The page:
What makes a good property manager? It likely varies from location to location, but there are absolutely a number of core qualities and practices that can be found across the board of those who are most successful. In terms of working to be a great commercial property manager, it takes some different qualities than those who work more on the residential side of things, but there are still similarities to be found. If you’re interested in increasing the value of your commercial property, as many managers or owners are, then it’s in your best interest to incorporate some of the following tips into your routine. After all, if you are a truly good property manager, it’s likely that your property’s value will increase just as a result of your good practices. The more on-the-ball you are, the happier your residents will be, the better your building’s condition will be in, and the higher the value will go.
Tips to Reach Commercial Property Manager Success
Good commercial property management is far more than the ability to know when to buy and sell, or working through the financial and technical aspects of the process. Above all, your primary concern should be making sure that those staying on your property are happy, or at least satisfied, with how things are run, how they function daily, and how the property appears. Your tenants are paying customers who could relocate if there were a major issue, and as the manager, you should want to keep them to establish a good reputation for your location and also to boost the value of the building, to say nothing of the intrinsic value of making other people happy. However, ‘make your tenants happy’ is a fairly general concept, so how do you begin to accomplish this and to continue to please them as time goes on?
To begin, keep in mind that achieving positive relationships with your tenants “involves regular communication, anticipating their needs, and being proactive.” A well-loved commercial property manager is a successful one, so go out of your way to make life easier for the people in your building. You don’t necessarily have to bend over backwards, as you likely have a very busy schedule, but this is a big part of your profession and should be taken seriously. “Unlike residential properties, it is very difficult and expensive to find new tenants for commercial properties [and it] can take two to nine months.” This should be on your mind as you maintain relationships and interactions with tenants; a minor interaction of inconvenience today may result in huge and lengthy problems later on.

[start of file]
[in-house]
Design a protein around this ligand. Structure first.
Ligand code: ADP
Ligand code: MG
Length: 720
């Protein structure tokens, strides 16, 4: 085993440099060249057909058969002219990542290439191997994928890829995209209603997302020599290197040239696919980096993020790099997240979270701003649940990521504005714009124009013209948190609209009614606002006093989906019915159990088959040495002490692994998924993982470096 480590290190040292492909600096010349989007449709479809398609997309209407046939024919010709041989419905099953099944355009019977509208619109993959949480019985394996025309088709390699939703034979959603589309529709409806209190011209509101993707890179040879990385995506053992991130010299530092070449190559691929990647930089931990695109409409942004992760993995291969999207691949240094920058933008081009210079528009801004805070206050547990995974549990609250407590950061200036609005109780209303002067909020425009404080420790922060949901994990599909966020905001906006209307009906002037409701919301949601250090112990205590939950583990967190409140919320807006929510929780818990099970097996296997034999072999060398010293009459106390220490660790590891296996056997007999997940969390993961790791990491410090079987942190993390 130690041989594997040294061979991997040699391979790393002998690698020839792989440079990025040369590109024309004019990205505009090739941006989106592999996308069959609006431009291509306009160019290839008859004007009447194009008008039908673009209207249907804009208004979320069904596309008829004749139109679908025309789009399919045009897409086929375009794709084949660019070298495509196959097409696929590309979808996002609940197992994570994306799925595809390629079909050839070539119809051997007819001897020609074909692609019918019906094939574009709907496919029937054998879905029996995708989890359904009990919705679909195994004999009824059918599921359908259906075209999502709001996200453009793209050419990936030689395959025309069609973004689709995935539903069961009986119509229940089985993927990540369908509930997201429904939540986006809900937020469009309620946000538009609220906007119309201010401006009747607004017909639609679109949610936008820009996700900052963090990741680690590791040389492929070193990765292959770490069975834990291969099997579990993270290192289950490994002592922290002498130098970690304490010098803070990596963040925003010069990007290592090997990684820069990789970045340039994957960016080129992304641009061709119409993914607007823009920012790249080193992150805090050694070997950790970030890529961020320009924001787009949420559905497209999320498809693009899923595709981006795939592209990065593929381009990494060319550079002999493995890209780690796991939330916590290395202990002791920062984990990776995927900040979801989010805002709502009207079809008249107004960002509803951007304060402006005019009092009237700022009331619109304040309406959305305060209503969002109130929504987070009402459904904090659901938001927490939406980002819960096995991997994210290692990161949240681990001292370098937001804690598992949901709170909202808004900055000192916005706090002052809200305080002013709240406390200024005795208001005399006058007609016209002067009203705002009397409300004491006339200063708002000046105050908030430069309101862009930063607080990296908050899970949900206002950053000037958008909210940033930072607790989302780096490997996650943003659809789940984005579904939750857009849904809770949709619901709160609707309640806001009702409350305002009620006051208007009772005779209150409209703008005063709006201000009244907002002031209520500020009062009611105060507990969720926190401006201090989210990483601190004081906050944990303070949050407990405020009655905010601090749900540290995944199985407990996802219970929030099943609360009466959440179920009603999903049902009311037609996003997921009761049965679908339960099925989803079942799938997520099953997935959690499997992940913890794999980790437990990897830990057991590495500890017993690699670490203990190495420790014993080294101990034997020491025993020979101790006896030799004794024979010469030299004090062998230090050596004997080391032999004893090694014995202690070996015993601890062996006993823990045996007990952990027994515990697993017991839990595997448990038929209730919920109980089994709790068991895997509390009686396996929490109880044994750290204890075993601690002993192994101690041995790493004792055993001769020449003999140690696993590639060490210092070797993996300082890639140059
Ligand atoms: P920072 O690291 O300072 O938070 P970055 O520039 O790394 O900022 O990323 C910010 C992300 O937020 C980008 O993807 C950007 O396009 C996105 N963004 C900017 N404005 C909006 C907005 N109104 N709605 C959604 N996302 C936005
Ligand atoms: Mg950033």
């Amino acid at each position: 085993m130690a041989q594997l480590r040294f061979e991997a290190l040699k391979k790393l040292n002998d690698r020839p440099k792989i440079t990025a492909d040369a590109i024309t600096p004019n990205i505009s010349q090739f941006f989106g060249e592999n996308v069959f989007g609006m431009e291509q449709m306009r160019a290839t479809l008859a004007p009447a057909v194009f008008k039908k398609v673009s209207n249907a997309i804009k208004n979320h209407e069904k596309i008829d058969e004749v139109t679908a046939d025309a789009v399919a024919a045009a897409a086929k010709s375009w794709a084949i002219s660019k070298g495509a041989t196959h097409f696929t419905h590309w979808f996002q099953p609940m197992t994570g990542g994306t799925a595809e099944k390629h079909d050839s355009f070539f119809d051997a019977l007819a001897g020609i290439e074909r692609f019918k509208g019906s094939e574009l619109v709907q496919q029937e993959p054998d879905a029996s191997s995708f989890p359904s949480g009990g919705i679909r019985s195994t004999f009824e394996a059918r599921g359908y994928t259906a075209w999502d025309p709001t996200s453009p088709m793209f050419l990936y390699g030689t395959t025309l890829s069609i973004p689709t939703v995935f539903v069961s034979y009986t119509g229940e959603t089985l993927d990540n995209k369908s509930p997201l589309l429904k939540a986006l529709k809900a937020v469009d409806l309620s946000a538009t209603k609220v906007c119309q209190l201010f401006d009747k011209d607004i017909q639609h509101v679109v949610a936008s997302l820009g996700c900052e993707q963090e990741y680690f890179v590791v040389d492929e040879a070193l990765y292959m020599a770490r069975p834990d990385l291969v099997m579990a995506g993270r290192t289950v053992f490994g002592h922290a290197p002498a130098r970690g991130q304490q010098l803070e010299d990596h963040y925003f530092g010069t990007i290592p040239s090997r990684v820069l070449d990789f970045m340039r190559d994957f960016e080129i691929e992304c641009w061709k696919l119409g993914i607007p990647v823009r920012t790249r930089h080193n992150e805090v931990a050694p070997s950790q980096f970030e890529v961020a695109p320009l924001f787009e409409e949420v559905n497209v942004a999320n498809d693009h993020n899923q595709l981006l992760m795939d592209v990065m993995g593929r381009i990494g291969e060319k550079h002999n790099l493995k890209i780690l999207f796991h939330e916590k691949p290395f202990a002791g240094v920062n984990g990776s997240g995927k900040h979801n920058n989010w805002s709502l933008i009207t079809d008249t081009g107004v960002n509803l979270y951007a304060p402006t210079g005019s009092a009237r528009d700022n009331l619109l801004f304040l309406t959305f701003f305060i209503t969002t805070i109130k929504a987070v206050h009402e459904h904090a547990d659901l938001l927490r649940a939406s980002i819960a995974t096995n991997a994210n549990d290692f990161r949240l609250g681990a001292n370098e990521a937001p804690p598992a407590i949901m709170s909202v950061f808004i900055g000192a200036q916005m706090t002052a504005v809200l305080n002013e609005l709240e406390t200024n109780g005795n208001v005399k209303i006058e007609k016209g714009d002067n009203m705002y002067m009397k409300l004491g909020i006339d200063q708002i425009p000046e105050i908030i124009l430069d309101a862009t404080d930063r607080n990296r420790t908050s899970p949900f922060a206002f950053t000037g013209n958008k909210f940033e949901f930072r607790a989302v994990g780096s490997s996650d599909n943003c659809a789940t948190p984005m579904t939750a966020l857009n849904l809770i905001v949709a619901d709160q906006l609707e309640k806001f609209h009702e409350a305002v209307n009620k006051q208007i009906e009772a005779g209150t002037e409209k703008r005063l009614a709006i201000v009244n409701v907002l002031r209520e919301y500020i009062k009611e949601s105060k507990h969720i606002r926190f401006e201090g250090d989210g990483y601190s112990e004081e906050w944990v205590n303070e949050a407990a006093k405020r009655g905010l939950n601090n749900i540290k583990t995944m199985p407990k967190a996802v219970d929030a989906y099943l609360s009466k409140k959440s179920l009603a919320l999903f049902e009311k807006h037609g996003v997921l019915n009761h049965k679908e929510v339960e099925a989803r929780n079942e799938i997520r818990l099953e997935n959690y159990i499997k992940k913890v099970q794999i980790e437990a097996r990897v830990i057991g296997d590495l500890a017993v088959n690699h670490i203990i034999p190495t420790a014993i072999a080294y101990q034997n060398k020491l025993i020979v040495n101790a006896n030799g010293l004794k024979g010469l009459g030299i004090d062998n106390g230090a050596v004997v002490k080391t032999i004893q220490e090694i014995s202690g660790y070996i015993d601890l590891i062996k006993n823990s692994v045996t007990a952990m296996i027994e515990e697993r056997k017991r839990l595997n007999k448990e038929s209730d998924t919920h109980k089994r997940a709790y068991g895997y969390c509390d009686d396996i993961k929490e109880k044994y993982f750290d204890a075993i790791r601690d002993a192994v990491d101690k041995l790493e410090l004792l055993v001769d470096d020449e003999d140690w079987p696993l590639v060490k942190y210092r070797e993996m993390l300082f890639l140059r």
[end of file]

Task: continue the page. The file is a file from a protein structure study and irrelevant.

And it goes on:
One way to appeal to your tenants is to make sure you’re regularly maintaining the property. The better things look around the building, both inside and out, the more your tenants will be willing to pay. It may be unappealing to make frequent, little changes, adjustments, and improvements throughout the property, but it may save you a major problem and/or a huge bill later on. For example, regularly tending to restrooms and making sure plumbing is squared away could prevent a serious flood in the future. As veteran commercial property managers know, though, there is a lot to do on this type of property, and it may seem overwhelming. Make lists, set reminders, and keep an updated calendar so that you can check up on everything without becoming too stressed out.
There is a lot to remember throughout work as a commercial property manager and a lot for one person to manage. To make things easier on yourself, consider ’employing’ a powerful software solution that works as hard as you do. Anton Systems offers training in Budgetrac Property Management Software, a powerful tool that does it all, from managing simple and complex leases to increasing the value of your assets. Budgetrac software can take care of many of the little details so that you can focus on the larger issues, leaving technical work to this easy-to-use technology while you work to build solid, working relationships with your tenants. With access to your lease information anywhere, on any device, you can take work with you when you need it and leave it behind to Budgetrac when you don’t.